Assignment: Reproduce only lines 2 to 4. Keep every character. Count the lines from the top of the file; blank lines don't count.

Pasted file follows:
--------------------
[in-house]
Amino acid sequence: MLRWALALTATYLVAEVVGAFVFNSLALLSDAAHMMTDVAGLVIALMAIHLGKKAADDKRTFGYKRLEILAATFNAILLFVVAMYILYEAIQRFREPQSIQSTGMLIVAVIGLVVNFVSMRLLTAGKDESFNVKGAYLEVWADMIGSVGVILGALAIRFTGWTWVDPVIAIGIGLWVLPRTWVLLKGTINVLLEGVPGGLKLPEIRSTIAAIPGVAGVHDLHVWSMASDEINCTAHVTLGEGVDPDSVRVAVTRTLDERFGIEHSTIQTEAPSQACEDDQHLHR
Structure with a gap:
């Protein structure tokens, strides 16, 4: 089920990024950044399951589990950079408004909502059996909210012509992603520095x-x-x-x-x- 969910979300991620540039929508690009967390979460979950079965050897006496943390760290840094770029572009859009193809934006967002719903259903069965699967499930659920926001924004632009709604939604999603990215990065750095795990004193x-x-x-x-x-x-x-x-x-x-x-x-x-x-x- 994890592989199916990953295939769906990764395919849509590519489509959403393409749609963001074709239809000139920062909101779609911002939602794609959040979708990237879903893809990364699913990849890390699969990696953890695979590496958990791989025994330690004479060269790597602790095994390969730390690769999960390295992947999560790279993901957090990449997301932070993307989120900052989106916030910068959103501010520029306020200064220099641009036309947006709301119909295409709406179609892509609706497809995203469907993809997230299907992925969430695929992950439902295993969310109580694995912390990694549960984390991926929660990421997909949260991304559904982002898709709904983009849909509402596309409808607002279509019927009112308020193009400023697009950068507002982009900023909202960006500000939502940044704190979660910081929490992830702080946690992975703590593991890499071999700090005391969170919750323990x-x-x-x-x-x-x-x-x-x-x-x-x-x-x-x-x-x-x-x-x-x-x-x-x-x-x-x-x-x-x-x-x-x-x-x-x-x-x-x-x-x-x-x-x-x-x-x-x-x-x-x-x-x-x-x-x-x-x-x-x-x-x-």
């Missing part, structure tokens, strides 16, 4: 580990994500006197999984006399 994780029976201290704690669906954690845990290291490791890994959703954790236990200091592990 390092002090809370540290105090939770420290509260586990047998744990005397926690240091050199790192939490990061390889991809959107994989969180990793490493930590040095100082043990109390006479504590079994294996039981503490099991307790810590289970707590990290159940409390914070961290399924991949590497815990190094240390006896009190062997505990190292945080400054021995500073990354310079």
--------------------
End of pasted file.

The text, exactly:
Amino acid sequence: MLRWALALTATYLVAEVVGAFVFNSLALLSDAAHMMTDVAGLVIALMAIHLGKKAADDKRTFGYKRLEILAATFNAILLFVVAMYILYEAIQRFREPQSIQSTGMLIVAVIGLVVNFVSMRLLTAGKDESFNVKGAYLEVWADMIGSVGVILGALAIRFTGWTWVDPVIAIGIGLWVLPRTWVLLKGTINVLLEGVPGGLKLPEIRSTIAAIPGVAGVHDLHVWSMASDEINCTAHVTLGEGVDPDSVRVAVTRTLDERFGIEHSTIQTEAPSQACEDDQHLHR
Structure with a gap:
């Protein structure tokens, strides 16, 4: 089920990024950044399951589990950079408004909502059996909210012509992603520095x-x-x-x-x- 969910979300991620540039929508690009967390979460979950079965050897006496943390760290840094770029572009859009193809934006967002719903259903069965699967499930659920926001924004632009709604939604999603990215990065750095795990004193x-x-x-x-x-x-x-x-x-x-x-x-x-x-x- 994890592989199916990953295939769906990764395919849509590519489509959403393409749609963001074709239809000139920062909101779609911002939602794609959040979708990237879903893809990364699913990849890390699969990696953890695979590496958990791989025994330690004479060269790597602790095994390969730390690769999960390295992947999560790279993901957090990449997301932070993307989120900052989106916030910068959103501010520029306020200064220099641009036309947006709301119909295409709406179609892509609706497809995203469907993809997230299907992925969430695929992950439902295993969310109580694995912390990694549960984390991926929660990421997909949260991304559904982002898709709904983009849909509402596309409808607002279509019927009112308020193009400023697009950068507002982009900023909202960006500000939502940044704190979660910081929490992830702080946690992975703590593991890499071999700090005391969170919750323990x-x-x-x-x-x-x-x-x-x-x-x-x-x-x-x-x-x-x-x-x-x-x-x-x-x-x-x-x-x-x-x-x-x-x-x-x-x-x-x-x-x-x-x-x-x-x-x-x-x-x-x-x-x-x-x-x-x-x-x-x-x-x-």